Your responses in the thread so far have been of the ‘people need religion because...’ variety. It may impose some clarity on our understanding of your position if you were to tell us why you need religion. Or don’t you? And if you don’t, what makes you believe that other people do? What makes you different in this regard?


To say that good morals are instinctive does not help in preventing immorality. If one of the arguments that is offered for religion is that attempts to change peoples perspective of right and wrong, then it is because people have a problem with their moral instincts. - I said it makes no difference whether there are instincts or not, because religion is trying to keep a base on what may be right or wrong, and offer ways to follow it.

I don't need religion, it is not a necessity to my being, however I understand it's place in society for those that can use it for their sake. I don't even know if I would say that other's need it, but that is arguable. I may not need any philosophy in my life, but I feel that when we attempt to contemplate the divine or when we create a narrative in which you can better appreciate reality, I feel that is a life-enriching ability, and for someone to say that approach in life has no use is just disingenuous. I understand it is full of stories that are inaccurately relevant, but maybe that is the point. Either way, I have been one to support and criticize religion.



posted on Sep, 15 2011 @ 02:13 AM
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In my opinion, religion only offers a belief system for the mediocre. It's often moralistically described as the “common good” yet as anyone with any taste knows—anything that is common cannot be good. Take Christianity for example: it is steeped in Platonism and other past philosophies; it's merely another perception of what morality should be (according to it's ancient author[s]). Maybe its philosophy became widely accepted by the many: the underprivileged, the suffering and the slaves of the time. It offered courage to the oppressed and despairing, it orders us to protect the decadent and preserve that which should perish—to experience the same suffering through our pity. It was a philosophy that reached and appealed the masses as it tried to find reason in chaos, which is a severe contradiction. People don't want to believe that they are suffering because of themselves and their environment, rather they find comfort in believing otherwise.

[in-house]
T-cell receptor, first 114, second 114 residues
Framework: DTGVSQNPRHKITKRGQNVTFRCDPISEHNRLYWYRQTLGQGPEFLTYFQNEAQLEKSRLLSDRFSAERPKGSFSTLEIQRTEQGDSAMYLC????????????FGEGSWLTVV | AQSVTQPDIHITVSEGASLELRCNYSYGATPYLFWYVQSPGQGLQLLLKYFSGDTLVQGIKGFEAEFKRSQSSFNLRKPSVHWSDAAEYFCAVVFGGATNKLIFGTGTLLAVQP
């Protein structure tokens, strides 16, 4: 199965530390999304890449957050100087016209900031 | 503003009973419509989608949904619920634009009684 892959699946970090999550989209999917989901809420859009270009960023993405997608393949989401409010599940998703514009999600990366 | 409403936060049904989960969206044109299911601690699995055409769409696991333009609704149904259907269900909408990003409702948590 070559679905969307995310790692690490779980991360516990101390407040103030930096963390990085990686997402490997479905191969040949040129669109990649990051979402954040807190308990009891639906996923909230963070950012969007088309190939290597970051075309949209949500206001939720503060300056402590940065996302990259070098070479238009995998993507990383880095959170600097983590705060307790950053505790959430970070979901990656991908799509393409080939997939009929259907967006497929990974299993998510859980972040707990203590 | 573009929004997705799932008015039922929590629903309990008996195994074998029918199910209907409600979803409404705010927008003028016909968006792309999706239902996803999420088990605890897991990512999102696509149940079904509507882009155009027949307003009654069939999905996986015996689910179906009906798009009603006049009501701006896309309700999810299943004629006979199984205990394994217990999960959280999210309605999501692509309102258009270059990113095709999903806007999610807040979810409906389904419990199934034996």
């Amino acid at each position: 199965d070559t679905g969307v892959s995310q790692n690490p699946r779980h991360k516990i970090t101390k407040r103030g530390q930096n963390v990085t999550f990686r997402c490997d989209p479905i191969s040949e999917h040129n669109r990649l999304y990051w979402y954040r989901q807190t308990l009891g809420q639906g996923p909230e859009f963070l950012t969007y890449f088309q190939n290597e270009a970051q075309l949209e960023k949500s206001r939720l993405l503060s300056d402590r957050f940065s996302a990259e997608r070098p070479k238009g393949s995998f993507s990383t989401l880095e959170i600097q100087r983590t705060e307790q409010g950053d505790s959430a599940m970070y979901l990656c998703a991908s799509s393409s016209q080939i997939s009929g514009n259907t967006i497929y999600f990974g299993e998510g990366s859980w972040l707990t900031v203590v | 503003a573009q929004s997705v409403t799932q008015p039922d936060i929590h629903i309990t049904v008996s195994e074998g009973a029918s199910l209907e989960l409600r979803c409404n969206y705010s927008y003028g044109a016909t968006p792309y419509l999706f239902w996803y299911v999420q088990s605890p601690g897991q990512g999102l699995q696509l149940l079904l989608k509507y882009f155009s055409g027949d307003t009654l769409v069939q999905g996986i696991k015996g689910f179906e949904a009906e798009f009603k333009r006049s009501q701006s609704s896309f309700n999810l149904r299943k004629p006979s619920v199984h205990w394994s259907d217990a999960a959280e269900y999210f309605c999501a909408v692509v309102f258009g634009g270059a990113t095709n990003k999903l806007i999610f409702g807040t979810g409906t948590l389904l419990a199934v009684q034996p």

In summary, I believe religion is morality for the fearful masses, but morality doesn't come from religion. I think it comes from an instinctual need to co-exist with other members of our species and evolves due to our proximity with others.

Cool thread



posted on Sep, 15 2011 @ 05:56 AM
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reply to post by Astyanax